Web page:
• All angiosperms have flowers at some stage in their life. The flowers serve as the reproductive organs for the plant, providing them a means of exchanging genetic information.
  • Angiosperms have small pollen grains that spread genetic information from flower to flower. These grains are much smaller than the gametophytes, or reproductive cells, used by non-flowering plants. This small size allows the process of fertilization to occur quicker in the flowers of angiosperms and makes them more efficient at reproducing.
  • All angiosperms have stamens. Stamens are the reproductive structures found in flowers that produce the pollen grains that carry the male genetic information.
  • Angiosperms have much smaller female reproductive parts than non-flowering plants, allowing them to produce seeds more quickly.
  • Angiosperms have carpels that enclose developing seeds that may turn into a fruit.
  • A great advantage for angiosperms is the production of endosperm. Endosperm is a material that forms after fertilization and serves as a highly nutritional food source for the developing seed and seedling.

Examples

Angiosperms come in a variety of forms. Some common examples of angiosperms include magnolia trees, roses, tulips, and tomatoes. Magnolia trees can be found towering all throughout the southern United States. These trees are prime examples of angiosperms. They are large trees growing up to 40 feet tall. Their large, impressive flowers are used to attract pollinators and as a means of reproduction.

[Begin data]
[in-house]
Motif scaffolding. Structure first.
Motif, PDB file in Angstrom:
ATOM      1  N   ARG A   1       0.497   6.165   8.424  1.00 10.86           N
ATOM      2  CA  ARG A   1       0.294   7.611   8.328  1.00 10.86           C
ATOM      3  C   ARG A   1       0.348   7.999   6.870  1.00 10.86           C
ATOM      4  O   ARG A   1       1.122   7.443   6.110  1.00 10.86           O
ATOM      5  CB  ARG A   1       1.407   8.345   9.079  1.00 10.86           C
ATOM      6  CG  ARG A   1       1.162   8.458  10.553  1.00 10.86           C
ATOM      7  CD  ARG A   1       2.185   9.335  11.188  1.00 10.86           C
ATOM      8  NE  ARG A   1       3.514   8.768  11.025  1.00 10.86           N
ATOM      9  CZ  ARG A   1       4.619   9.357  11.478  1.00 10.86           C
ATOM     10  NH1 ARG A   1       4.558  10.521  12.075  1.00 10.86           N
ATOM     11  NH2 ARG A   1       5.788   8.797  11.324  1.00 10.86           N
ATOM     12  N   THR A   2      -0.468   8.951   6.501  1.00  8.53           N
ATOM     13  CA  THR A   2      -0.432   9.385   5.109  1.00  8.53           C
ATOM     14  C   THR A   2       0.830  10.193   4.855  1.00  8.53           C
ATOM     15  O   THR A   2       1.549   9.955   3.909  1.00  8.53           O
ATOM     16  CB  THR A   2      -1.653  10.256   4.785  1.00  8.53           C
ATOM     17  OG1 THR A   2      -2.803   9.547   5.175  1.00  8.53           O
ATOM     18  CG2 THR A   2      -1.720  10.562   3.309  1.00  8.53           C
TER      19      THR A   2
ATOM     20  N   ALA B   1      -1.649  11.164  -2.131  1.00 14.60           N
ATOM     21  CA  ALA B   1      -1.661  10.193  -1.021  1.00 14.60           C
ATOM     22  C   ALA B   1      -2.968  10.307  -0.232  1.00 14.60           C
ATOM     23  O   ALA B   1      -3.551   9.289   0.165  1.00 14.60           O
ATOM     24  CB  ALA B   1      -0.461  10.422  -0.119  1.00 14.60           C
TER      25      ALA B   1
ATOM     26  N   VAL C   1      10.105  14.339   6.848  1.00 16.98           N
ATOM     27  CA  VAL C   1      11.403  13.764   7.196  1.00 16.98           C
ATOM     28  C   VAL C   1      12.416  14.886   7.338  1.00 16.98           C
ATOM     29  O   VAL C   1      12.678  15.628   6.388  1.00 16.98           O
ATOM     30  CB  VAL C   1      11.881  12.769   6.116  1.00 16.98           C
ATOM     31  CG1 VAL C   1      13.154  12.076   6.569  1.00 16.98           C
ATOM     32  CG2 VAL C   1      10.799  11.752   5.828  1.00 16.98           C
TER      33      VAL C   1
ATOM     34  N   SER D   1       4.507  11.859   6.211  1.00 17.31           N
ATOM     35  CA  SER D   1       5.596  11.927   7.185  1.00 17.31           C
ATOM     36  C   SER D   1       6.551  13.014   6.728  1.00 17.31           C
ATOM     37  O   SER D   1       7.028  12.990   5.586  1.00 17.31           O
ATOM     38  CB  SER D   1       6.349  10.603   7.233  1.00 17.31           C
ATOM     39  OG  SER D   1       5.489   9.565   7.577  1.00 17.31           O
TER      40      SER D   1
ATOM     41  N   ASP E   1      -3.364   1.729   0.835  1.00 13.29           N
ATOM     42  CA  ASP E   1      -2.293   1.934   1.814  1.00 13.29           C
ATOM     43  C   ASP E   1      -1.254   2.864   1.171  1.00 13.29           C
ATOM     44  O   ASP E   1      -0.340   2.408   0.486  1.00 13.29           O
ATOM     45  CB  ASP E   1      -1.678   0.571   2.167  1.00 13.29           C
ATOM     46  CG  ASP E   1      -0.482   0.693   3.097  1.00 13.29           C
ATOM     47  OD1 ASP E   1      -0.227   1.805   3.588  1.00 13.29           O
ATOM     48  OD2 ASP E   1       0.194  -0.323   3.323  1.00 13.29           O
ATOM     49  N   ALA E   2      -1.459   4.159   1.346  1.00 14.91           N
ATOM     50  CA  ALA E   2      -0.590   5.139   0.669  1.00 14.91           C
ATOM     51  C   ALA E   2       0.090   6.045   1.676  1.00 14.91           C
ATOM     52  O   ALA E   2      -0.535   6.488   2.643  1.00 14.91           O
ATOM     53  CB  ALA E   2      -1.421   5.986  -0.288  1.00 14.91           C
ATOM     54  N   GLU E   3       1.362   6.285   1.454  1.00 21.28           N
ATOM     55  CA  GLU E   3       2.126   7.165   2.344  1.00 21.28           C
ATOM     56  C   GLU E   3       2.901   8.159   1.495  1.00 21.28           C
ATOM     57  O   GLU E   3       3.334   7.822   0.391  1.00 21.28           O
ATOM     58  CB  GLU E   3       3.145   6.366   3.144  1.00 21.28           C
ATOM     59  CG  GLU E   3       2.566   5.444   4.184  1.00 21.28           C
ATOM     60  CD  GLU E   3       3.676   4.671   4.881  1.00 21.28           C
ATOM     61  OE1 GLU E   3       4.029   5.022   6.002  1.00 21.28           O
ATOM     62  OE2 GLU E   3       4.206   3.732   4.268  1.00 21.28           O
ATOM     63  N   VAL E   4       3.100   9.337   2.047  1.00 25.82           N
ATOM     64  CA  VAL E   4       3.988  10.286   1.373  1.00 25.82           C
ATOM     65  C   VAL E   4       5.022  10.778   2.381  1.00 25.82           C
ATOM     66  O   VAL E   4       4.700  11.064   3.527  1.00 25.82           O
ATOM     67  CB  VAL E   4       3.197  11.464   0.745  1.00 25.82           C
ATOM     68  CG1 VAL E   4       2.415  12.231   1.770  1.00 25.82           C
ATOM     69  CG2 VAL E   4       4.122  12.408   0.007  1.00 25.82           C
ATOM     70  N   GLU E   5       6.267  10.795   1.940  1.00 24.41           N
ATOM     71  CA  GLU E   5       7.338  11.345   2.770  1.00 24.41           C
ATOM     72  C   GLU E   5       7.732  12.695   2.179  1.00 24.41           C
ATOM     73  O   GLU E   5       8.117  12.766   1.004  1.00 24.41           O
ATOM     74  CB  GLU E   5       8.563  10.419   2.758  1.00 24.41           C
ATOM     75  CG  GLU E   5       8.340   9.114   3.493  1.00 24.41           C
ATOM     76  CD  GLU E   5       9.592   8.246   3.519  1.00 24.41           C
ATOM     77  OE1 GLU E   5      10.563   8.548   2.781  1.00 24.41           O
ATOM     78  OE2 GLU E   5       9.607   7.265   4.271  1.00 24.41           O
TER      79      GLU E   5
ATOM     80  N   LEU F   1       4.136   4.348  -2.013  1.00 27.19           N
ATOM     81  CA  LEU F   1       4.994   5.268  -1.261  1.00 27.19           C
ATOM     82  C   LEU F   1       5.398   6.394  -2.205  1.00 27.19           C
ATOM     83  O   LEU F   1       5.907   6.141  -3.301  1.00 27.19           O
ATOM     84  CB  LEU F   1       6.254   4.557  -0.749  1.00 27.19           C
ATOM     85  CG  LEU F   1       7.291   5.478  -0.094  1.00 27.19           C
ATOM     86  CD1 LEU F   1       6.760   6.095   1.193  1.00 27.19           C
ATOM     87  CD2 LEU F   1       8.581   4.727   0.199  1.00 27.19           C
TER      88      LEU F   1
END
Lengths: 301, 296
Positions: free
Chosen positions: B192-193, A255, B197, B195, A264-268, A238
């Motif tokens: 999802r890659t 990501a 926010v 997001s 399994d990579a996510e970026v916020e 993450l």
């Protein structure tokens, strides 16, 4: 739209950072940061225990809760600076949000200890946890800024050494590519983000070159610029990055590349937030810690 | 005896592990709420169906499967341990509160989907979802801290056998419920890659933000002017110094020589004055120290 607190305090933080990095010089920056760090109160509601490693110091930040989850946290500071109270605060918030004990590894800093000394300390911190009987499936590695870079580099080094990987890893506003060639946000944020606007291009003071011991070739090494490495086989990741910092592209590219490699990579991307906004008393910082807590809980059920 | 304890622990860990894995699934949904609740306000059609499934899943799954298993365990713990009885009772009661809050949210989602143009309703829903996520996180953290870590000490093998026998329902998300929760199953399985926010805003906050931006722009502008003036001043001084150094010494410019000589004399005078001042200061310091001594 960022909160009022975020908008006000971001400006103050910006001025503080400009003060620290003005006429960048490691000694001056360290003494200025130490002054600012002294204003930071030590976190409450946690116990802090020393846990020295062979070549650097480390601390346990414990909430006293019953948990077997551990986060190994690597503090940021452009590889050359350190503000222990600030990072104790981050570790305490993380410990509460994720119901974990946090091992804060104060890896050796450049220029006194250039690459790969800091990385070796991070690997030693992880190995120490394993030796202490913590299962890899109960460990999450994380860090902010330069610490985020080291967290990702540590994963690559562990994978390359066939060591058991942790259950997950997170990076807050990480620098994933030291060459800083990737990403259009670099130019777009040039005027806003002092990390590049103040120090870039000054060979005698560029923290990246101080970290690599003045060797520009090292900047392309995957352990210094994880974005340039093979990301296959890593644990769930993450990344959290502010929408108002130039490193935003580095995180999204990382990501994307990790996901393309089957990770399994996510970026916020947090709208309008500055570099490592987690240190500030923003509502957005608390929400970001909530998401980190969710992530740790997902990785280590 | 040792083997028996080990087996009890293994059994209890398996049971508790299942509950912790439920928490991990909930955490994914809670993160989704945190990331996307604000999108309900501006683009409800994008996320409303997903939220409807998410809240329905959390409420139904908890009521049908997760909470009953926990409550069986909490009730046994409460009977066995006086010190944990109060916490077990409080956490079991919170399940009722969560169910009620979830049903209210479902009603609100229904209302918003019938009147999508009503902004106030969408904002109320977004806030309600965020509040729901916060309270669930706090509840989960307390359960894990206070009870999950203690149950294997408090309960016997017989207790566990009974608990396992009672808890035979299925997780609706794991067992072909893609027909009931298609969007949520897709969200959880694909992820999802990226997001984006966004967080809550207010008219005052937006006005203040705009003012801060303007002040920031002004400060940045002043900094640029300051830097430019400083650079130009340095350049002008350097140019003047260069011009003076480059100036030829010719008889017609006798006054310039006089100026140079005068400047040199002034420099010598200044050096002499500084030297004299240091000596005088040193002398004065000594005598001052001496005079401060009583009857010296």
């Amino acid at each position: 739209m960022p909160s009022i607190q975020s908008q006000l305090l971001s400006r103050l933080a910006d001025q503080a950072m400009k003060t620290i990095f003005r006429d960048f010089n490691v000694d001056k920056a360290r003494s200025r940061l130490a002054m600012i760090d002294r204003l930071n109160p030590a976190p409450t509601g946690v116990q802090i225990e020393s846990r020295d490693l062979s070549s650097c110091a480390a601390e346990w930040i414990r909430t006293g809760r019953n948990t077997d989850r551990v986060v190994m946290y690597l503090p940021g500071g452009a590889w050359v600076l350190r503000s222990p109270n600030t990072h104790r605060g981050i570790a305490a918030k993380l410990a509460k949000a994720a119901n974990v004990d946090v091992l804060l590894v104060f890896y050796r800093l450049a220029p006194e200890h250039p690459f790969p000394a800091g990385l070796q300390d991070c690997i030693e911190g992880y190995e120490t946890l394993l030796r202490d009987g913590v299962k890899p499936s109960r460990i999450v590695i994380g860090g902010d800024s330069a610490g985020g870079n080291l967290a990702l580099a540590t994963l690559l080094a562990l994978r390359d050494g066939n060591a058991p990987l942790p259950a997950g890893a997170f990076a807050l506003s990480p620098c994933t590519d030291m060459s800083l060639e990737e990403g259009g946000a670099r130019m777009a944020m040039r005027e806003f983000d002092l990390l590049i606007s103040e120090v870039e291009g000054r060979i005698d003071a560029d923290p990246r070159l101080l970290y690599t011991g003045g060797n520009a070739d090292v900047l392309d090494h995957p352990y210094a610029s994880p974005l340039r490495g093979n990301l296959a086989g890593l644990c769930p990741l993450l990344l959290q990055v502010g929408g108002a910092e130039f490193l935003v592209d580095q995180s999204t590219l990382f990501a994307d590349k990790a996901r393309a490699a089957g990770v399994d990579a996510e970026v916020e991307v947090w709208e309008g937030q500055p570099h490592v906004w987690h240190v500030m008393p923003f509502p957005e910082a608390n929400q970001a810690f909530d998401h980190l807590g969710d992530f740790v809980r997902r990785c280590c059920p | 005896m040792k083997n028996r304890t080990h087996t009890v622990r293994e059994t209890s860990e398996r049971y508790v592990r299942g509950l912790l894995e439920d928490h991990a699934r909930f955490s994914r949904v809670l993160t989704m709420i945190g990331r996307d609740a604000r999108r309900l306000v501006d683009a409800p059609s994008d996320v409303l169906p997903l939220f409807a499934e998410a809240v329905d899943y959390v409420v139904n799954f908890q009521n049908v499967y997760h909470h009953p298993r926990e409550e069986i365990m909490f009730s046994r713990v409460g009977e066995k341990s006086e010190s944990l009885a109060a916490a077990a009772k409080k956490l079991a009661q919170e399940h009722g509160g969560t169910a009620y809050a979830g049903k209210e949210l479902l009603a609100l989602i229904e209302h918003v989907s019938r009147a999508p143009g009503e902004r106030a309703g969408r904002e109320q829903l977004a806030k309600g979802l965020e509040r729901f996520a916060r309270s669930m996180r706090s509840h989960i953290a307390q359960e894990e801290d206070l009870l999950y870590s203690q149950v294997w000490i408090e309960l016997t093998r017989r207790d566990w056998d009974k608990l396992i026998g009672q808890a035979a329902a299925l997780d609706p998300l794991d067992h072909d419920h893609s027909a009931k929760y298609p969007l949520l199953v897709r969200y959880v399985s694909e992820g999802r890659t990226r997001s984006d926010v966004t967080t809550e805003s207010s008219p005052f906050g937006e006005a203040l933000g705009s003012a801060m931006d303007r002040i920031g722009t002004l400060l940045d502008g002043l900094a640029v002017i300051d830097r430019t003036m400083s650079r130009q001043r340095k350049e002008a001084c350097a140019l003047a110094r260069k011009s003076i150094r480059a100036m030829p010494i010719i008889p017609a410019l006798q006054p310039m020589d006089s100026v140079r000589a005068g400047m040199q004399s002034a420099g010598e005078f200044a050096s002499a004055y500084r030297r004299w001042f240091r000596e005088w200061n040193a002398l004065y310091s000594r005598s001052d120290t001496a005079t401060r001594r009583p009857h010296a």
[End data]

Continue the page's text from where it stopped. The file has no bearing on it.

Magnolia tree
Picture of a Magnolia tree.

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Video Transcript

Angiosperms: Definition

Angiosperms are the largest group of plants on Earth. There are approximately 270,000 known species alive today. There's probably one nearby right now. Angiosperms include all plants that have flowers and account for approximately 80% of all known living plants.

Example of an angiosperm
Carpel of Broomrape plant

Characteristics

Angiosperms are able to grow in a variety of habitats. They can grow as trees, shrubs, bushes, herbs, and small flowering plants. Some of the characteristics of angiosperms include:

  • All angiosperms have flowers at some stage in their life. The flowers serve as the reproductive organs for the plant, providing them a means of exchanging genetic information.
  • Angiosperms have small pollen grains that spread genetic information from flower to flower. These grains are much smaller than the gametophytes, or reproductive cells, used by non-flowering plants. This small size allows the process of fertilization to occur quicker in the flowers of angiosperms and makes them more efficient at reproducing.
  • All angiosperms have stamens. Stamens are the reproductive structures found in flowers that produce the pollen grains that carry the male genetic information.